How the U.S. midterm results might impact Canadians
Rachel Gilmore, CTVNews.ca
Published Tuesday, November 6, 2018 10:01PM EST
Last Updated Tuesday, November 6, 2018 11:53PM EST
As polls close for much of the United States, the lid is being peeled back on who will control the House and the Senate come Wednesday morning.
Canadians sitting at home watching the fluctuation of blue and red on their screens might be starting to wonder -- what does this mean for me? We’ve compiled a list of three major midterm-related issues that could impact Canadians.
After a laborious re-negotiation of the NAFTA deal, the new USMCA is awaiting a vote in the House. However, with the House having turned blue Tuesday night, concerns are floating around about whether the Democrats intend to play nice and effectively hand U.S. President Donald Trump a “win” on this deal.
If the Democrats put the brakes on USMCA, the existing NAFTA deal would remain in effect. The Section 232 tariffs on steel and aluminum would also stay in place, however, as the House has no say on that.
There’s also a lot that will be revealed when the House reconstitutes its powerful committees. This is especially important when it comes to the Ways and Means Committee, which has jurisdiction over the government’s purse and trade. The membership of that committee could have a huge impact on trade deals -- and we won’t know the names of new members right away.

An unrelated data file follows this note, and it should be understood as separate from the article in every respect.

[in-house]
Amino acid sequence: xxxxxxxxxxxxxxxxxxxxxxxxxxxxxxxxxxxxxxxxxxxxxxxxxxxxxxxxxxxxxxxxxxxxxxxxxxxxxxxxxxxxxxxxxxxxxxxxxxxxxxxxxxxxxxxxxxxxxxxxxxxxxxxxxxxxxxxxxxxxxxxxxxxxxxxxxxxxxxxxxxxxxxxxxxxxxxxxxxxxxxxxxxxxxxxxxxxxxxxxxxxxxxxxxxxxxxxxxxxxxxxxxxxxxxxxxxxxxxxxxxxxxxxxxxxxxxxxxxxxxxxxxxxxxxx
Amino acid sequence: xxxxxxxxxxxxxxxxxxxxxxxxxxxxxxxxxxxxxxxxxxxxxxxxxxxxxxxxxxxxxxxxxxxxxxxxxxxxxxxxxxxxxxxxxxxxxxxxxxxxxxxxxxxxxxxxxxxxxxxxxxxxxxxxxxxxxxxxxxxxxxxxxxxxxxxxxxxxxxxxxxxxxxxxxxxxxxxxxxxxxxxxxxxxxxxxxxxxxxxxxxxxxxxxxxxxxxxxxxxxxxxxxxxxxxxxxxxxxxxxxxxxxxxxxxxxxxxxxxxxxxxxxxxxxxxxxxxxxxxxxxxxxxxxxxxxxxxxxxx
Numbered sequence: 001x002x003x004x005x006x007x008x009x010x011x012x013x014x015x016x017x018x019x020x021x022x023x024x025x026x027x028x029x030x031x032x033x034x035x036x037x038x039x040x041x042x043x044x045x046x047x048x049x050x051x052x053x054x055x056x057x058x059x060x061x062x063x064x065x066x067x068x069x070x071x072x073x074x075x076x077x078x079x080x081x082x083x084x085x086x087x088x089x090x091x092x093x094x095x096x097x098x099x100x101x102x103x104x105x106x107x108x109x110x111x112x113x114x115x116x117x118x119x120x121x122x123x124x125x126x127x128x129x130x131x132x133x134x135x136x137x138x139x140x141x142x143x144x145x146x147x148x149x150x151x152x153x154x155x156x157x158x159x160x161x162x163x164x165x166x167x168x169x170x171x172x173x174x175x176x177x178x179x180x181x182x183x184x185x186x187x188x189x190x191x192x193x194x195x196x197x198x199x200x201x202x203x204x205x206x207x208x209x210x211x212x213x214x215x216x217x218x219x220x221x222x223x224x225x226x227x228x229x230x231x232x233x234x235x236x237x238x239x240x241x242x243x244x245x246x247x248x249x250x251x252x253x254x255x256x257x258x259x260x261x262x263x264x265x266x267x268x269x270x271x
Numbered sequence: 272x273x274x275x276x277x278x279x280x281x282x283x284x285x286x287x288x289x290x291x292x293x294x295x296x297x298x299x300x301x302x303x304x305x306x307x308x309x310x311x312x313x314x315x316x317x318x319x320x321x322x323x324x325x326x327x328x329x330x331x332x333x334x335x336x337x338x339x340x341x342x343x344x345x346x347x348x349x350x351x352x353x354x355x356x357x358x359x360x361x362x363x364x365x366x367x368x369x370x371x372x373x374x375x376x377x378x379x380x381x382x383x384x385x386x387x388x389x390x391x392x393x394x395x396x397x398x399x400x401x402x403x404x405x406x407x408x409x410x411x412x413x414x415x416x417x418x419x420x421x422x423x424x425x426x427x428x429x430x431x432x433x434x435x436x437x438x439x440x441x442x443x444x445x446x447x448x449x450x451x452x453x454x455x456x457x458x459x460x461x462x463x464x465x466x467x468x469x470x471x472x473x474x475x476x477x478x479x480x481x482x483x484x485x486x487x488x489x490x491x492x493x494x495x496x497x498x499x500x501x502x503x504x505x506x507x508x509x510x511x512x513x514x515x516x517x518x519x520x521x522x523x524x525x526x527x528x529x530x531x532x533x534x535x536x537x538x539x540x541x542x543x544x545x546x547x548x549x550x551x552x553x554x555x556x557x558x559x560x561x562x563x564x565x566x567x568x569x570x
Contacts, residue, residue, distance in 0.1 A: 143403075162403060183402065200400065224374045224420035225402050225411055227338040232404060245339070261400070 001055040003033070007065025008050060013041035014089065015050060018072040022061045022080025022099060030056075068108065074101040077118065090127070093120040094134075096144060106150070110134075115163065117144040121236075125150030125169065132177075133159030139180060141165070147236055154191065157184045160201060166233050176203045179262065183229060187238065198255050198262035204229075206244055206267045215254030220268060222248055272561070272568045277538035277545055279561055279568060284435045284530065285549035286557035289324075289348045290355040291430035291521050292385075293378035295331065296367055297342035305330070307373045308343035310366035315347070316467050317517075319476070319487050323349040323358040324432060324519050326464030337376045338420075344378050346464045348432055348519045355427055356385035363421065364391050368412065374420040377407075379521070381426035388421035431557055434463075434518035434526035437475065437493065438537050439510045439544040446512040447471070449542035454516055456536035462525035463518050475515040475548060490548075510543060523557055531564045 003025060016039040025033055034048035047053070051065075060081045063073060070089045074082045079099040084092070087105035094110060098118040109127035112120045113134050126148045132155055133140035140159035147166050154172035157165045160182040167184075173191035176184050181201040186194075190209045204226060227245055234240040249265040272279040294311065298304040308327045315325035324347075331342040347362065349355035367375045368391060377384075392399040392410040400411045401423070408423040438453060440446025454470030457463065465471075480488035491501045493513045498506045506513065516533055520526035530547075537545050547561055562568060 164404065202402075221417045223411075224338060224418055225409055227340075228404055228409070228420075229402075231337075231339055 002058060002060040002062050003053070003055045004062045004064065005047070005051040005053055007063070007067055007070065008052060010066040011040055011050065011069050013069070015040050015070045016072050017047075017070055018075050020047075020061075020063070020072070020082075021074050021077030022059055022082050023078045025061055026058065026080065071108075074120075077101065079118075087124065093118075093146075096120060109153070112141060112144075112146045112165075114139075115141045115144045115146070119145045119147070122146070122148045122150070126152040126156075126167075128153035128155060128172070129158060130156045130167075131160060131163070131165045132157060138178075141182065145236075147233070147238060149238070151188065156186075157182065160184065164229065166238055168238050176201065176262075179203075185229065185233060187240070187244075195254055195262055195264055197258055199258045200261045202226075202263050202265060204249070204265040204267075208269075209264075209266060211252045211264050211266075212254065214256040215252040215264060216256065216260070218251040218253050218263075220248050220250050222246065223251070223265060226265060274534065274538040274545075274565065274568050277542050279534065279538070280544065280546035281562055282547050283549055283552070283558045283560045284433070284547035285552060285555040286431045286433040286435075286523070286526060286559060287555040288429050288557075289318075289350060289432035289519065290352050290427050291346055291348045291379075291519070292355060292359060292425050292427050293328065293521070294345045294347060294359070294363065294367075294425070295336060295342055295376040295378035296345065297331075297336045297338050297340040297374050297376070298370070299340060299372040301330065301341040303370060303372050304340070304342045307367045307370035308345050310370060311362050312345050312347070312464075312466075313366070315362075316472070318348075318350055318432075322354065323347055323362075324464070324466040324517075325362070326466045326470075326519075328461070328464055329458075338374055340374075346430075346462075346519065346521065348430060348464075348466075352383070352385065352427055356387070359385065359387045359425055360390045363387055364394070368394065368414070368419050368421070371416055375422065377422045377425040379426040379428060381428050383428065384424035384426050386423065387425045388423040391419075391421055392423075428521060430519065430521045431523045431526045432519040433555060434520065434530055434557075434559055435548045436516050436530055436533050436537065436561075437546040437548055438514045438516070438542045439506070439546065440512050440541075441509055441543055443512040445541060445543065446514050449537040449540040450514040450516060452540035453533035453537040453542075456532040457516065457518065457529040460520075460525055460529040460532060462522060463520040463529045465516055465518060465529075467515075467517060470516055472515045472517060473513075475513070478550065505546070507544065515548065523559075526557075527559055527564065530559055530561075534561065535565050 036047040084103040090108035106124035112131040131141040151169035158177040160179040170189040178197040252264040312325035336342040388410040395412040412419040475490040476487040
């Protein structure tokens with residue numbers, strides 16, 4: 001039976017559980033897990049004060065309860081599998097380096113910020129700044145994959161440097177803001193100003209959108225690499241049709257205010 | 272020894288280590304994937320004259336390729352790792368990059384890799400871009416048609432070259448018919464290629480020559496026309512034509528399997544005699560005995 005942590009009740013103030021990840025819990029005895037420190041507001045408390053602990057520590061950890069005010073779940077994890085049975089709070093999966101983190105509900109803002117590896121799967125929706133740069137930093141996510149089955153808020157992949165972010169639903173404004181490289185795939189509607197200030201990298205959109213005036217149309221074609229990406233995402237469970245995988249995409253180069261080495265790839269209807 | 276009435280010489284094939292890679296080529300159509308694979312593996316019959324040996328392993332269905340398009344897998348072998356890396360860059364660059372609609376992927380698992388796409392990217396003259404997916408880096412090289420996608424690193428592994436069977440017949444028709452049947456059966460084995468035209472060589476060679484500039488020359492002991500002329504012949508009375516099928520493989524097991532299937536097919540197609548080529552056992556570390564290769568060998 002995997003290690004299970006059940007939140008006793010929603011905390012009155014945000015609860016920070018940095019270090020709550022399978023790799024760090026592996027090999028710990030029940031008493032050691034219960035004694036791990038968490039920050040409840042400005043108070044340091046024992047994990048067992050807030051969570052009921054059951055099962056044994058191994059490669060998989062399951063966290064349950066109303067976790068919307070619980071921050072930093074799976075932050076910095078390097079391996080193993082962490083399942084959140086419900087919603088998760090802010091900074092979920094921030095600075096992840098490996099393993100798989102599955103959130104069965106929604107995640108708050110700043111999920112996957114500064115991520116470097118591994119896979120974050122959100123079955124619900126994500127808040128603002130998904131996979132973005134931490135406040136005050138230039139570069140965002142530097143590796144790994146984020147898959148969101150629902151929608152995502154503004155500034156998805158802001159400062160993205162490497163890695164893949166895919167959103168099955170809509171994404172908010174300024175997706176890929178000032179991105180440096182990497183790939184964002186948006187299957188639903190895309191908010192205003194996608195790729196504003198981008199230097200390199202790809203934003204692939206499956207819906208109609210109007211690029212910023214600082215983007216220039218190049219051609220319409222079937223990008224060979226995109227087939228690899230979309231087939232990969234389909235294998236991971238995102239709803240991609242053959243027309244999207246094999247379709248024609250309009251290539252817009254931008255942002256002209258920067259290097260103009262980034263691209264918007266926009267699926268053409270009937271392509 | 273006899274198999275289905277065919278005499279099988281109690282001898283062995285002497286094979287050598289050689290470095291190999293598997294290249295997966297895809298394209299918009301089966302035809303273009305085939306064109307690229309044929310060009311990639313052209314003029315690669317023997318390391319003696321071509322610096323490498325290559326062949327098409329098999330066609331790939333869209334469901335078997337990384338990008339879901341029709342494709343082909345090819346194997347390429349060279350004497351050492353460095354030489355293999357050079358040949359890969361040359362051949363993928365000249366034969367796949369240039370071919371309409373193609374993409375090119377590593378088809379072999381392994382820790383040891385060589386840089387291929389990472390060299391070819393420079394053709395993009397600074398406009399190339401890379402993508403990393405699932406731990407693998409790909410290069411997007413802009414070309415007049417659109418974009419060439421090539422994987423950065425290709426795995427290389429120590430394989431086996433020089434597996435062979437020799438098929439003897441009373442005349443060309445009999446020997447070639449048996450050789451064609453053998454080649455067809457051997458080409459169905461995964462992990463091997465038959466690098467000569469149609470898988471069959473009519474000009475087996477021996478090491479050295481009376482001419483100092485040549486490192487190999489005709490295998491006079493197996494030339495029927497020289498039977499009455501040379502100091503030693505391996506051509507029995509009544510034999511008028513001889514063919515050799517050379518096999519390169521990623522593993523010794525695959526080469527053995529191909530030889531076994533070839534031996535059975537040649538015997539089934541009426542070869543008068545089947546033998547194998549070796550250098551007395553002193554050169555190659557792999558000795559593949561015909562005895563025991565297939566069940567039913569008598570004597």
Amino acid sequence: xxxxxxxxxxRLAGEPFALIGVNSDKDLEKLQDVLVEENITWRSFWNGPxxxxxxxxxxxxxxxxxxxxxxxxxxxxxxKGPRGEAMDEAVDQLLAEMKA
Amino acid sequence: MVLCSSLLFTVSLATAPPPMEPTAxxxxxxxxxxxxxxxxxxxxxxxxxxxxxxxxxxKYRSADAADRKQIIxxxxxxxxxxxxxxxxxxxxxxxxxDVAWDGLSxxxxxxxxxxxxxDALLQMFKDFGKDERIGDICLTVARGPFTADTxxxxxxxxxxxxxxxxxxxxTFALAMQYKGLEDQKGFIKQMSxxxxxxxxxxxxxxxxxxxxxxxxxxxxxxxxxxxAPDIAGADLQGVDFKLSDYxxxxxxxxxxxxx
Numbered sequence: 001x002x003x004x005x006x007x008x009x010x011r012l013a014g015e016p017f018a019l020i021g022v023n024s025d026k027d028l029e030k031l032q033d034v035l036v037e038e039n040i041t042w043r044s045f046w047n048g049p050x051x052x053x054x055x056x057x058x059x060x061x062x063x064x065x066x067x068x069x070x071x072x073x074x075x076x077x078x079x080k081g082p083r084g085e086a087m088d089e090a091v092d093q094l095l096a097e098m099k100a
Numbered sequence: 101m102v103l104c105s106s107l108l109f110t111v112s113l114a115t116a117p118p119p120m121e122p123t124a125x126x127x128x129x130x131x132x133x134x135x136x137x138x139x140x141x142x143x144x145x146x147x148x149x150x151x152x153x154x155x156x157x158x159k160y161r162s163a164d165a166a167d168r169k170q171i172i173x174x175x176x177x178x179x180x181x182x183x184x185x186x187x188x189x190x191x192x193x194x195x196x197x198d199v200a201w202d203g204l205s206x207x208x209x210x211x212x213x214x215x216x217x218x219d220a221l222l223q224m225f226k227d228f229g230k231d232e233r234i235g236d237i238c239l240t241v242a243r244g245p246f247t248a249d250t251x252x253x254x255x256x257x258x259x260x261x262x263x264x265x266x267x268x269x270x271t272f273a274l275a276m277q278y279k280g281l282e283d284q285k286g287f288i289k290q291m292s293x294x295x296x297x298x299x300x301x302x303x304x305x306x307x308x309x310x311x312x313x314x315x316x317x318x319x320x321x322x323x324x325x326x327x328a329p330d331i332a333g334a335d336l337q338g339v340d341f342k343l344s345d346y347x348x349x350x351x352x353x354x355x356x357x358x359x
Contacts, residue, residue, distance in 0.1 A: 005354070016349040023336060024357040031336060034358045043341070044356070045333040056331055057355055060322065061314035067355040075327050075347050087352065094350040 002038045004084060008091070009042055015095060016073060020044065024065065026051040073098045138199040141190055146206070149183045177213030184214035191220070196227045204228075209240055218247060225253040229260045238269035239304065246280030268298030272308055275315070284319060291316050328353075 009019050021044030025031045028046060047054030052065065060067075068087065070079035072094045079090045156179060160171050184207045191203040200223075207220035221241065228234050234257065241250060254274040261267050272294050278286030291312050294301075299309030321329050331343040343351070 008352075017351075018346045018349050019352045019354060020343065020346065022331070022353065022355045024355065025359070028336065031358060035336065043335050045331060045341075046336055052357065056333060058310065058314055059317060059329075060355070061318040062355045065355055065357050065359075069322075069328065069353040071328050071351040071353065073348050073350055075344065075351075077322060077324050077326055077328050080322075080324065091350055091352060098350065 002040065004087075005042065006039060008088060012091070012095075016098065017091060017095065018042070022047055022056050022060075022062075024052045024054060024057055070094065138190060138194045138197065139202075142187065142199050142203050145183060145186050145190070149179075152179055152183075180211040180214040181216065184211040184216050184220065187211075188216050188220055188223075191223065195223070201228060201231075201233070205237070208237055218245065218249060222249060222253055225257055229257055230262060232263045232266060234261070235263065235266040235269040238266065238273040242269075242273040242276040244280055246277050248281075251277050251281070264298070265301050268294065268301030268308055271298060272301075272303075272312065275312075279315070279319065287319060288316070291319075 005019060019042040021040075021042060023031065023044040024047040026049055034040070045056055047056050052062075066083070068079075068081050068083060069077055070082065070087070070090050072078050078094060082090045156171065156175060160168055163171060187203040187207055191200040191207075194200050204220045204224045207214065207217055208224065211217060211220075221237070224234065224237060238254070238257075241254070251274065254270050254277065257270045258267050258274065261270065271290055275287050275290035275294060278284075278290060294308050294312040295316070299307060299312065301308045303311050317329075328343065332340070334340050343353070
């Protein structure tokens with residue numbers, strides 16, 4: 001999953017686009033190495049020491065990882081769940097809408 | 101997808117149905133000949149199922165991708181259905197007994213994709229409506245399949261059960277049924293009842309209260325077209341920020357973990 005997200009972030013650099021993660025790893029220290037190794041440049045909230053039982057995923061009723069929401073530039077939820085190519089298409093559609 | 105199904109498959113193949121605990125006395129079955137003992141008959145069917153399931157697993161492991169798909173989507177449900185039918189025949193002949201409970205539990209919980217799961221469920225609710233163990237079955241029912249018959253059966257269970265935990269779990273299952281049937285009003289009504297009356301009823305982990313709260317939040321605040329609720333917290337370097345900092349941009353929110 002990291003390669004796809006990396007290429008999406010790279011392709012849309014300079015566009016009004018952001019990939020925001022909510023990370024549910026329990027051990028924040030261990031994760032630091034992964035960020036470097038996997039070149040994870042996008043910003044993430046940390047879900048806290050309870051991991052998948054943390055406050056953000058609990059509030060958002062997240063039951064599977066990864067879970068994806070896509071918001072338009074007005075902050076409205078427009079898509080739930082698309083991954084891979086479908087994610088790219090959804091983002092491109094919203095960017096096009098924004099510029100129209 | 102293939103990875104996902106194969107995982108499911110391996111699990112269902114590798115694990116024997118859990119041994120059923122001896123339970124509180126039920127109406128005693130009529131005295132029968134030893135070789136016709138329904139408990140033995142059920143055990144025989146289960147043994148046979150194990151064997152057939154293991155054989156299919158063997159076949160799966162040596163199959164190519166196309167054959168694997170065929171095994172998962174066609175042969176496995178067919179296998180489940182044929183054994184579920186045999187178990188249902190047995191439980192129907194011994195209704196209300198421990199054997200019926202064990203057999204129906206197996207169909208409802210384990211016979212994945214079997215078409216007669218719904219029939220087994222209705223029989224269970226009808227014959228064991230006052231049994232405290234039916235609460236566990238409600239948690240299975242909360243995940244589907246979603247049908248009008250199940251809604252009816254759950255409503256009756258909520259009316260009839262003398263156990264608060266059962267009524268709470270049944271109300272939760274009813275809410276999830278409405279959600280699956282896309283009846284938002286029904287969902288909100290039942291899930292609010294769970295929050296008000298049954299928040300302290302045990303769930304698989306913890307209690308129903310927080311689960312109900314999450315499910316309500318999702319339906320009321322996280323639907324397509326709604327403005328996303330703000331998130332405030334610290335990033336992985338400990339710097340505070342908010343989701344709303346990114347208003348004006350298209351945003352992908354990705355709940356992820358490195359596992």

Over in Washington State, voters decided against adopting a carbon fee. While Washington was close to having one of the most rigorous climate policies in the United States, the voters in the state shot that down tonight.
The United States is one of the world’s largest emitters, so – if the carbon tax proves effective at its goal of reducing greenhouse gases – a normalization of carbon pricing could have been a huge boon to the fight against climate change. However, since the state voted against a price on carbon, the result might now be used as evidence of environmental issues falling low on the list of voter priorities – especially as Trump continues rolling back environmental protections.
The Gordie Howe International Bridge
About a quarter of goods traded between Canada and the U.S. pass through the Detroit-Windsor corridor. Outgoing Michigan Governor Rick Snyder used his executive authority to push through the construction of the second bridge, dubbed the Gordie Howe International Bridge. But the powerful Moroun family, who own the Ambassador bridge – currently the only bridge available to transport the hordes of goods between our two countries – has fought the new bridge at every turn.
Democrat candidate Gretchen Whitmer has pledged her support for the Gordie Howe bridge. Now that she has defeated the Republican candidate Bill Schuette, she has also secured the future of the bridge against the Moroun family’s suggestion to twin their existing bridge – a suggestion Schuette was open to considering.